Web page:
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Change of basis matrix(linear algebra)

  1. Dec 19, 2011 #1
    Hi I'm stuck on this problem and I could not find similar examples anywhere.. any help would be greatly appreciated, thank you.

    1. The problem statement, all variables and given/known data
    Compute the change of basis matrix that takes the basis
    [itex]V1 = \begin{bmatrix} -1 \\ 3 \end{bmatrix}[/itex] [itex]V2 = \begin{bmatrix} 2 \\ 5 \end{bmatrix}[/itex]
    of R2 to the basis
    [itex]W1 = \begin{bmatrix} 2 \\ 5 \end{bmatrix}[/itex] [itex]W2 = \begin{bmatrix} 3 \\ 7 \end{bmatrix}[/itex]
    I have done this first part, the change of basis matrix is [itex]A = \begin{bmatrix} 2 & 1 \\ -1 & 0 \end{bmatrix}[/itex]

    next part I don't quite know how to start:
    Consider v = V1 + 2(V2) [itex]\in[/itex] R2: Determine the column vector [itex]\begin{bmatrix} a \\ b \end{bmatrix}[/itex] which represents v with respect to the basis {W1, W2}

    3. The attempt at a solution

    Do I turn v1 into [itex]V1 = \begin{bmatrix} -1 \\ 3 \end{bmatrix}[/itex] and V2 into [itex]V2 = \begin{bmatrix} 4 \\ 10 \end{bmatrix}[/itex] and then try and find a linear combination that gives me {W1, W2}?
     
  2. jcsd
  3. Dec 20, 2011 #2

    radou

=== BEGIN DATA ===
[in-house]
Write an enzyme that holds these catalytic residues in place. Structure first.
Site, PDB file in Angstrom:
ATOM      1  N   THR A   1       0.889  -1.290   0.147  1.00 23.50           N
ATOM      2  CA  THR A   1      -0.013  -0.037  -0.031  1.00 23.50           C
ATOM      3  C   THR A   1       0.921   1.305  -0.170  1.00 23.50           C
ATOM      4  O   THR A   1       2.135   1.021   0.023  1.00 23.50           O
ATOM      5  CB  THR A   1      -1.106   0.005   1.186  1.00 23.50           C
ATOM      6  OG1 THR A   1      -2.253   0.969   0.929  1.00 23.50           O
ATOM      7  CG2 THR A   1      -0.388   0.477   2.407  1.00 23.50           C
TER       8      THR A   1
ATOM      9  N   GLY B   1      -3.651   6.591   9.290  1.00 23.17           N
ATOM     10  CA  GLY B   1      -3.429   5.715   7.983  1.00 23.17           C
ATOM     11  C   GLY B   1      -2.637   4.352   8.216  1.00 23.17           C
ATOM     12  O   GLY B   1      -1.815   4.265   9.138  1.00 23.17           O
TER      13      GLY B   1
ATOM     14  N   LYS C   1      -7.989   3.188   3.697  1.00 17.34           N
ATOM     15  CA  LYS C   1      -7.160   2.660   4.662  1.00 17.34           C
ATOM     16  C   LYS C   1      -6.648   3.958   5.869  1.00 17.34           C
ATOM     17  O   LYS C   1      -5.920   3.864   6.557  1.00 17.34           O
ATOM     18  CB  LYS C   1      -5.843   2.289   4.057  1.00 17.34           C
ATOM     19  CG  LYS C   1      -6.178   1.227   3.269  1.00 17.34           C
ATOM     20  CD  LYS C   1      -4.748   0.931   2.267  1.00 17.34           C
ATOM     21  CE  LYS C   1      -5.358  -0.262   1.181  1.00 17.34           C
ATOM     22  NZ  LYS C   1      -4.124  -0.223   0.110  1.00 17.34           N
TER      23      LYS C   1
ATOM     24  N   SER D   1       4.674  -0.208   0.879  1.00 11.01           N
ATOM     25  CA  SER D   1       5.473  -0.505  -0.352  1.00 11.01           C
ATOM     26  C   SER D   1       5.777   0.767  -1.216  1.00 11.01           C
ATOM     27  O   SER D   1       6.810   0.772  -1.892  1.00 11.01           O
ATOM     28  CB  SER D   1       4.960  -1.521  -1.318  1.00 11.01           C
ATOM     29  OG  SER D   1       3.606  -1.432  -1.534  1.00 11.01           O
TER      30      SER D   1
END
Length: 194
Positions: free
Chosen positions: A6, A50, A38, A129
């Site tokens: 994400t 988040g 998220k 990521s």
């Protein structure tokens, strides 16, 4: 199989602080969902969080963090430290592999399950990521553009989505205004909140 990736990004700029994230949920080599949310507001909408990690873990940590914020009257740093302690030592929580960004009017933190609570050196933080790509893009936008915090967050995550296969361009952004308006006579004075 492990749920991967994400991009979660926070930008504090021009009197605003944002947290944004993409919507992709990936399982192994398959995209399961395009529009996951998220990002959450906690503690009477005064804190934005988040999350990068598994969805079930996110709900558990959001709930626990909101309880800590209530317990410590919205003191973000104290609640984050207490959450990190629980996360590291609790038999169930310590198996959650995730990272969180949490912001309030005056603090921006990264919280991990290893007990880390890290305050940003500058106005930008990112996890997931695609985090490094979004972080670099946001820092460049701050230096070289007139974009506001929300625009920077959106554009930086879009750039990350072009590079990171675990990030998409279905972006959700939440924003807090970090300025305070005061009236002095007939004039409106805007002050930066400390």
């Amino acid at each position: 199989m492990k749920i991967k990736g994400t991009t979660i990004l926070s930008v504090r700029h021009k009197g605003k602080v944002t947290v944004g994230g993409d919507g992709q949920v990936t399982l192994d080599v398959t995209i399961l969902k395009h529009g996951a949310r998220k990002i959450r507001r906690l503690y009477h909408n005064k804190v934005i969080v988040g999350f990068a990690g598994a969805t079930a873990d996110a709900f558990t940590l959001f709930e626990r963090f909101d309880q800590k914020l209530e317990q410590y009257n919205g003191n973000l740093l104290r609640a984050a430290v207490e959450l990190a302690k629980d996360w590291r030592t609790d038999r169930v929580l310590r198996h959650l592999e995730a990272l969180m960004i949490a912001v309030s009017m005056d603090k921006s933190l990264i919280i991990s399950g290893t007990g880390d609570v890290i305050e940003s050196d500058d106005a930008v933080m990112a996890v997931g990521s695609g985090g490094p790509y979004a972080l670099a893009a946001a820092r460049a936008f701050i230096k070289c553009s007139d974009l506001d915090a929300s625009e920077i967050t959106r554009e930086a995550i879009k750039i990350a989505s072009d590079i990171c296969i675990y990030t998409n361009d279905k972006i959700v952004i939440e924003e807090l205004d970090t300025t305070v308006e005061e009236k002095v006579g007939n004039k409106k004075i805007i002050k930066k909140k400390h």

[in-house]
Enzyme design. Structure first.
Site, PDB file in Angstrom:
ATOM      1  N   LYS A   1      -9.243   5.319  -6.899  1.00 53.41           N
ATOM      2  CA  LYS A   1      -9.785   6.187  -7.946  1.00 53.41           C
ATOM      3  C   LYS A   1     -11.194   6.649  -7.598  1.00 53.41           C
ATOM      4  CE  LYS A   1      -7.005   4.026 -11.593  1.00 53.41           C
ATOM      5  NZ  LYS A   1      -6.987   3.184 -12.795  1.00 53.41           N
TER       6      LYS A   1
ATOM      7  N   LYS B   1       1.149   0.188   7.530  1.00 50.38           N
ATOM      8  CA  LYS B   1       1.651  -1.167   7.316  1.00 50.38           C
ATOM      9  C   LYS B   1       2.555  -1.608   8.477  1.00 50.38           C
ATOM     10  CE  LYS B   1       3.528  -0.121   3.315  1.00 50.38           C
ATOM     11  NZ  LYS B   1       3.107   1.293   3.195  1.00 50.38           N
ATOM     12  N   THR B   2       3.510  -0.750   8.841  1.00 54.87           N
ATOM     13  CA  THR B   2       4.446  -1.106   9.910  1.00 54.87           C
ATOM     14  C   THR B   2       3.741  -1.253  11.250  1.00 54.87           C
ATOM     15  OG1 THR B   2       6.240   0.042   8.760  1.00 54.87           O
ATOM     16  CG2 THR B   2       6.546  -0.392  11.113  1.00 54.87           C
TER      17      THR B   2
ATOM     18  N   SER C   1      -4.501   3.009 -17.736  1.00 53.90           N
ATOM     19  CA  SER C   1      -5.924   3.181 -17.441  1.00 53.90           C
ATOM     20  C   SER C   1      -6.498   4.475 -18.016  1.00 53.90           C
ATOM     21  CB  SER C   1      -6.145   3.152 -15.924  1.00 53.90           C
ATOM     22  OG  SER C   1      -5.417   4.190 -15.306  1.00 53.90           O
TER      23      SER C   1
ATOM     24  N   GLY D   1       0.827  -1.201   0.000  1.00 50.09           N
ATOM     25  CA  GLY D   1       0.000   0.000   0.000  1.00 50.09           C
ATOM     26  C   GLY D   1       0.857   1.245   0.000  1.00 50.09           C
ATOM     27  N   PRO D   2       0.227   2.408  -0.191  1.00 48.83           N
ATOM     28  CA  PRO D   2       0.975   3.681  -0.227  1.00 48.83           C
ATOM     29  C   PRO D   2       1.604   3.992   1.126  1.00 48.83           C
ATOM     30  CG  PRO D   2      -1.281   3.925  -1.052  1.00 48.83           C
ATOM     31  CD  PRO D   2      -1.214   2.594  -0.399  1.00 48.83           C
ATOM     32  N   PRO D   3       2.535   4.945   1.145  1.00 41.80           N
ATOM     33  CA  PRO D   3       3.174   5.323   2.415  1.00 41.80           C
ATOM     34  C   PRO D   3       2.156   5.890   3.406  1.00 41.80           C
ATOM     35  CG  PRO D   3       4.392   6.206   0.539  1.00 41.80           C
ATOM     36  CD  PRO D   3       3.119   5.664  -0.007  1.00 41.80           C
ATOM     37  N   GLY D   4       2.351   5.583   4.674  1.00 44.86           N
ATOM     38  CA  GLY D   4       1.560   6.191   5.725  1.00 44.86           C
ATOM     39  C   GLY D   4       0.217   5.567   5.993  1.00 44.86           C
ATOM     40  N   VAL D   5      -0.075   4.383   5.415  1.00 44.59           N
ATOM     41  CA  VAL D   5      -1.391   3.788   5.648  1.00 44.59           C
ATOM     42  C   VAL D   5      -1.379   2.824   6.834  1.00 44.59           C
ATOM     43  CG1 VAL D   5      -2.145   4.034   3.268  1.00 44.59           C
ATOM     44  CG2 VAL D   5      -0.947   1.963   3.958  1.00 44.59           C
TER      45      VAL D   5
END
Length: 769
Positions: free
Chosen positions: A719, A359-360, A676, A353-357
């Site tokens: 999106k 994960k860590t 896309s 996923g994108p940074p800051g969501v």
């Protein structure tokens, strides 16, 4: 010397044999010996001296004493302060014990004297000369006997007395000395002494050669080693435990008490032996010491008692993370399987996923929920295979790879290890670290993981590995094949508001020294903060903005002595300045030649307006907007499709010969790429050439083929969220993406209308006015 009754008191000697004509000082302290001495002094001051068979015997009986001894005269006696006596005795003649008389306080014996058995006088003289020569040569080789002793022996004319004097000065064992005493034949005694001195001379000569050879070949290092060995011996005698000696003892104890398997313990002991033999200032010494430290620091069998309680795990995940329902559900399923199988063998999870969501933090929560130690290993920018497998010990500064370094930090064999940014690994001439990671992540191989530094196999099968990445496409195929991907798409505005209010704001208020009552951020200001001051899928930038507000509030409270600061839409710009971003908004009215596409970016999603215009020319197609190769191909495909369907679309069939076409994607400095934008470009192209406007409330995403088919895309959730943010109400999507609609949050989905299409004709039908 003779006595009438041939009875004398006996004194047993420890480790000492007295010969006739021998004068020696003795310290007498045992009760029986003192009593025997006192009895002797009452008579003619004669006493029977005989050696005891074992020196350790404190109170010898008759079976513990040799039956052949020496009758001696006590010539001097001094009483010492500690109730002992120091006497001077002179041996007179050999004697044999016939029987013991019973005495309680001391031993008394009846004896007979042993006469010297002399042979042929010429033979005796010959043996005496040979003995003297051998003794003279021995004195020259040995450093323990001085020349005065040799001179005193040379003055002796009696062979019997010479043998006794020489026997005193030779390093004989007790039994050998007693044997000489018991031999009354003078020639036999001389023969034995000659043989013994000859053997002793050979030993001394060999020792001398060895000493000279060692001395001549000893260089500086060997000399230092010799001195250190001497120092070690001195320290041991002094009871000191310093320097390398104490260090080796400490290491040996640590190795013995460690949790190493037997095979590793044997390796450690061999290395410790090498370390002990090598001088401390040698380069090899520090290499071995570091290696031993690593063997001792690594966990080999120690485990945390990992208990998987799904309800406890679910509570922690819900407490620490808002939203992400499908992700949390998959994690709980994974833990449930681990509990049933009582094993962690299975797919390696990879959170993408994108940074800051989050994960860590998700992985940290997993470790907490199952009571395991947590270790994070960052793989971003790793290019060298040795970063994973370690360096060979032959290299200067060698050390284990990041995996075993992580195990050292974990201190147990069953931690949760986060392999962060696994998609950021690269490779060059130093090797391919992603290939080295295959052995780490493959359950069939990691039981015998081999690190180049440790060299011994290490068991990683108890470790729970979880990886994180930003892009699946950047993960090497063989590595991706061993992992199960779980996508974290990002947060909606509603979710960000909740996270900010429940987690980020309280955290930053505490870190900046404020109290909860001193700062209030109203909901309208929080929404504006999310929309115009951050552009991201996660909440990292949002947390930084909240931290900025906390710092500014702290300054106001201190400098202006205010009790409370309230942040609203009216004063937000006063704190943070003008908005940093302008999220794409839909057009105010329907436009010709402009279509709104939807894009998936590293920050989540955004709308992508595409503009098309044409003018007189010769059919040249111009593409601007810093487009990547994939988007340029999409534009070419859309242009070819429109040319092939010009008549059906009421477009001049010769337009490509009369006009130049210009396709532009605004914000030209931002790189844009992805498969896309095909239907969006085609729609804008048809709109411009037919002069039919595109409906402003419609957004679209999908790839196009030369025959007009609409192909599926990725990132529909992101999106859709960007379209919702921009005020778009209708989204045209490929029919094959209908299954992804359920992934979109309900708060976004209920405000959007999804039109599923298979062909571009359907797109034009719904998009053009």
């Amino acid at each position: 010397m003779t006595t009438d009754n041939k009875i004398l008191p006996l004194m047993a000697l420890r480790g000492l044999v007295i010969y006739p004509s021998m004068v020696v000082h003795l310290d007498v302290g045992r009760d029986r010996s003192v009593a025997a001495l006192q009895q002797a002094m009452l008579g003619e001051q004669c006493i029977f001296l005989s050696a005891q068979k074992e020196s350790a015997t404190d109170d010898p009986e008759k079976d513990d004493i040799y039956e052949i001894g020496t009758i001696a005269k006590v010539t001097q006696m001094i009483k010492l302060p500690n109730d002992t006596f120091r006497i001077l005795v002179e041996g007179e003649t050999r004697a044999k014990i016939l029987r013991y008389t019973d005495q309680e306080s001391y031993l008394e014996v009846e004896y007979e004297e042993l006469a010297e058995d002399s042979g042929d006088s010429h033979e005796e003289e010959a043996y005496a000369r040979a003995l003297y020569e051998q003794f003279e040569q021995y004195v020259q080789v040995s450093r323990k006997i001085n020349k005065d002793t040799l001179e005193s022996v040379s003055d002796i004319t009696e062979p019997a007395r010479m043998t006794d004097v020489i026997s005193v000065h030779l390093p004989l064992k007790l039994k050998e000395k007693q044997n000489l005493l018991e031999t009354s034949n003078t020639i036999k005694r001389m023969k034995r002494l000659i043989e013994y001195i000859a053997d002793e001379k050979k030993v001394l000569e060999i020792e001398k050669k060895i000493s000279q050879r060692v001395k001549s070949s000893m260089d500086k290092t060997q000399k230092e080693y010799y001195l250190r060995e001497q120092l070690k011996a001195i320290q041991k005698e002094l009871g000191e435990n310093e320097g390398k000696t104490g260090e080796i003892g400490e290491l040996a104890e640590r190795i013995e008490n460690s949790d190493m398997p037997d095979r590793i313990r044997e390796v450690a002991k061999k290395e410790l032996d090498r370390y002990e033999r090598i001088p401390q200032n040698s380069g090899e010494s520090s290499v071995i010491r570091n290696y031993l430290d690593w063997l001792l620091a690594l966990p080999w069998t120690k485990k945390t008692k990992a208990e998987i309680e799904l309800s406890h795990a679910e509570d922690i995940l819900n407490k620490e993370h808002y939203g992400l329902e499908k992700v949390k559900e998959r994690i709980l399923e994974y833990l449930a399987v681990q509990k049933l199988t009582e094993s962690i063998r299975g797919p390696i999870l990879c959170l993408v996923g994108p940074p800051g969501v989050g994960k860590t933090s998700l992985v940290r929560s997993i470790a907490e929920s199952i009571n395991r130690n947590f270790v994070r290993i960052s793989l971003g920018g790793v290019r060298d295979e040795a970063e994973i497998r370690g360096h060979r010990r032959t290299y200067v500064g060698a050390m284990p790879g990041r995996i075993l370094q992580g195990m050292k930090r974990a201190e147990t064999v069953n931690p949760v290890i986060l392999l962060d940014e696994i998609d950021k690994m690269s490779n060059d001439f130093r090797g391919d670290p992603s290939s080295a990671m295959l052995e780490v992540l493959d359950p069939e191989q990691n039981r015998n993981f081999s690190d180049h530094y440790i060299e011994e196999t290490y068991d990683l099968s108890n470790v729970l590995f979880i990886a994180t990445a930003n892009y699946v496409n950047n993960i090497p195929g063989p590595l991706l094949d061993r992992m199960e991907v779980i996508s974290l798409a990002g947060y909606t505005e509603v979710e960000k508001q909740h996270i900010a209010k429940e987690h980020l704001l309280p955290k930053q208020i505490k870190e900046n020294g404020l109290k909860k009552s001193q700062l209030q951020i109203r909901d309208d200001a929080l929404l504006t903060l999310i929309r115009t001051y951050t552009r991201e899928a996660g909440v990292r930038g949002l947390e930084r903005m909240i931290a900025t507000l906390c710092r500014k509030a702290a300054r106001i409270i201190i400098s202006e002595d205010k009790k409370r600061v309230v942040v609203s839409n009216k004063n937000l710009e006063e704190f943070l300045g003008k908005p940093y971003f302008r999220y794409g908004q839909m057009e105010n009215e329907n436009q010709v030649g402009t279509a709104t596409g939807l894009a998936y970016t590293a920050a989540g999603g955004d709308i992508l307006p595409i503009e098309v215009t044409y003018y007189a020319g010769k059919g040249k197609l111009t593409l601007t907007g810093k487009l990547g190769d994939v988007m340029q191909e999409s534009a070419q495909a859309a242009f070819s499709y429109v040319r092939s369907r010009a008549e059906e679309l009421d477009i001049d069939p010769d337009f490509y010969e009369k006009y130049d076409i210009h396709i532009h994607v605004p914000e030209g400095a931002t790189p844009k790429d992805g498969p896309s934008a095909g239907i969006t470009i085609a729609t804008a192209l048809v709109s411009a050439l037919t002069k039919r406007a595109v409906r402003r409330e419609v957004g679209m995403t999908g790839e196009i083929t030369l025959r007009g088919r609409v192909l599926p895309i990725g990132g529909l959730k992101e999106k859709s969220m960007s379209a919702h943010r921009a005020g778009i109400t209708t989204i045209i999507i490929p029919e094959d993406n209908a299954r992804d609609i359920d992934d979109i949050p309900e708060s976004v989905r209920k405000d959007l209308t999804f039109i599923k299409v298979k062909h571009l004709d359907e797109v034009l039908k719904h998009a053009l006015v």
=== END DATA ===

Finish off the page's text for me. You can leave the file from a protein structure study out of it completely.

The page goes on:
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    Set up the linear combination and make it equal to your vector in order to find the coefficients a, b.
     
  4. Dec 20, 2011 #3

    vela

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    The fact that [itex]\vec{v} = 1\vec{v}_1 + 2\vec{v}_2[/itex] means that with respect to the [itex]\{\vec{v}_1,\vec{v}_2\}[/itex] basis,
    [tex]\vec{v} = \begin{bmatrix} 1 \\ 2 \end{bmatrix}_{\{\vec{v}_1,\vec{v}_2\}}[/tex]Use the matrix A to convert the coordinates from one basis to the other.

    By the way, I don't think your matrix A is correct.
     
    Last edited: Dec 20, 2011
  5. Dec 20, 2011 #4
    Thank you for your answers. I made a mistake in the op. [itex]V1 = \begin{bmatrix} 1 \\ 3 \end{bmatrix}[/itex] and not (-1, 3) so my matrix A should be correct.
    Is multiplying A by (coefficients of v1, v2) [itex]v = \begin{bmatrix} 1 \\ 2 \end{bmatrix} [/itex] all I really need to do to?
    Then my answer is \begin{bmatrix} 4 \\ -1 \end{bmatrix}
     
  6. Dec 20, 2011 #5

    vela

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    It's easy enough to check. Is [itex]4\vec{w}_1-\vec{w}_2[/itex] equal to [itex]\vec{v}_1+2\vec{v}_2[/itex]?

    If your matrix is correct, then yes, that's all you have to do. That's why it's called a change of basis matrix. :wink:
     
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